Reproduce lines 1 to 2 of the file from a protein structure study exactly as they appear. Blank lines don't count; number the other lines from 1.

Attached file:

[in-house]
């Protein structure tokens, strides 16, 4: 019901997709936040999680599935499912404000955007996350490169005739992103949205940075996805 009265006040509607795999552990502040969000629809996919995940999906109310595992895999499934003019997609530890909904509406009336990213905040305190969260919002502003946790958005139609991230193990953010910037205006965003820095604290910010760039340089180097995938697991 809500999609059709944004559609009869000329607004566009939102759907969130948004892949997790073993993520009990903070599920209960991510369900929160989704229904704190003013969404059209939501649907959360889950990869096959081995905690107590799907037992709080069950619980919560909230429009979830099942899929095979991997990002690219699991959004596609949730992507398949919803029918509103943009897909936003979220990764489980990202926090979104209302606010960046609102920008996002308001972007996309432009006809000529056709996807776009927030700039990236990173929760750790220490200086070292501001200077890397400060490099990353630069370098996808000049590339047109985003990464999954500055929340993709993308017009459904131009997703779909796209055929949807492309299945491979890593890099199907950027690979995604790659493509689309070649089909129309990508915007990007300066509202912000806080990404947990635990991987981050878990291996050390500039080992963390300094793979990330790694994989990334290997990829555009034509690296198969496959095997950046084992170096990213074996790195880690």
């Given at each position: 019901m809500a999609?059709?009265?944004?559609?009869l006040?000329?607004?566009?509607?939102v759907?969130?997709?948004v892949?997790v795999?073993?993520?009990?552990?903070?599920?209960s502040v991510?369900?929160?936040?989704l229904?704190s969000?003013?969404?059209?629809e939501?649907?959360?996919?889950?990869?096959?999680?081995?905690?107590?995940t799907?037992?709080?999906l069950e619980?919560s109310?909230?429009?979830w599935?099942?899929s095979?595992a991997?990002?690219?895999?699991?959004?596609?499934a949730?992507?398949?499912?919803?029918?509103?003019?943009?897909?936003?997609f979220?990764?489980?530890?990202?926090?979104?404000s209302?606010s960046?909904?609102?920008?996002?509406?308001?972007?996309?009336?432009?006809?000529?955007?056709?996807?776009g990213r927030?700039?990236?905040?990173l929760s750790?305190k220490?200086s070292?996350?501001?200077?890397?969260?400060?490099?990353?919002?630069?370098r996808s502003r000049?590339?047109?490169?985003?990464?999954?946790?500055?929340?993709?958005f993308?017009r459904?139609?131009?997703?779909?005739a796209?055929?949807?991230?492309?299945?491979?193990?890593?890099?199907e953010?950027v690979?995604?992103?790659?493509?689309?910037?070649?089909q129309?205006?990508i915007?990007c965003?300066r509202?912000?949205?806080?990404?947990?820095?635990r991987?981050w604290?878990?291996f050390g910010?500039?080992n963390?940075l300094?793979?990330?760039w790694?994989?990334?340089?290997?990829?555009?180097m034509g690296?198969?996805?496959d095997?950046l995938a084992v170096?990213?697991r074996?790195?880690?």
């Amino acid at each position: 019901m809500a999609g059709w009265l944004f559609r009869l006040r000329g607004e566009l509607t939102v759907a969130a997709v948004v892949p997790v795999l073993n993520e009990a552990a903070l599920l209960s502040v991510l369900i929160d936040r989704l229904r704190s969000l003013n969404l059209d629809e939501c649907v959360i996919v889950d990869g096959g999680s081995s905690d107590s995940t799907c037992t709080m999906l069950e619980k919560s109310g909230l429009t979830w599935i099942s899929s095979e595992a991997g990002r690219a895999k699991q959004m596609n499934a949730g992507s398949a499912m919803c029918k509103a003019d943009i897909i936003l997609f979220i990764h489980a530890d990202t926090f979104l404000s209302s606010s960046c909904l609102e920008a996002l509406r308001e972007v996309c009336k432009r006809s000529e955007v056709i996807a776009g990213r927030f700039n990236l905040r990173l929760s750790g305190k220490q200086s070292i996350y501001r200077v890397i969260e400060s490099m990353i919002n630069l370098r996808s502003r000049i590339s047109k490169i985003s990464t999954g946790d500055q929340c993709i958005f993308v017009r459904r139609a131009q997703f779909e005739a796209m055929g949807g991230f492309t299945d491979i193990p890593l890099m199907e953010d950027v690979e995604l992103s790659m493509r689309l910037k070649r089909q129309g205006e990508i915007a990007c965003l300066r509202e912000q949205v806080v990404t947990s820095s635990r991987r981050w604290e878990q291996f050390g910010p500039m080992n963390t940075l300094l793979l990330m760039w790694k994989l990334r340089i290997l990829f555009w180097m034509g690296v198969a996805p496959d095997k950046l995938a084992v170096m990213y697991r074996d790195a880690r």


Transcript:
[in-house]
């Protein structure tokens, strides 16, 4: 019901997709936040999680599935499912404000955007996350490169005739992103949205940075996805 009265006040509607795999552990502040969000629809996919995940999906109310595992895999499934003019997609530890909904509406009336990213905040305190969260919002502003946790958005139609991230193990953010910037205006965003820095604290910010760039340089180097995938697991 809500999609059709944004559609009869000329607004566009939102759907969130948004892949997790073993993520009990903070599920209960991510369900929160989704229904704190003013969404059209939501649907959360889950990869096959081995905690107590799907037992709080069950619980919560909230429009979830099942899929095979991997990002690219699991959004596609949730992507398949919803029918509103943009897909936003979220990764489980990202926090979104209302606010960046609102920008996002308001972007996309432009006809000529056709996807776009927030700039990236990173929760750790220490200086070292501001200077890397400060490099990353630069370098996808000049590339047109985003990464999954500055929340993709993308017009459904131009997703779909796209055929949807492309299945491979890593890099199907950027690979995604790659493509689309070649089909129309990508915007990007300066509202912000806080990404947990635990991987981050878990291996050390500039080992963390300094793979990330790694994989990334290997990829555009034509690296198969496959095997950046084992170096990213074996790195880690």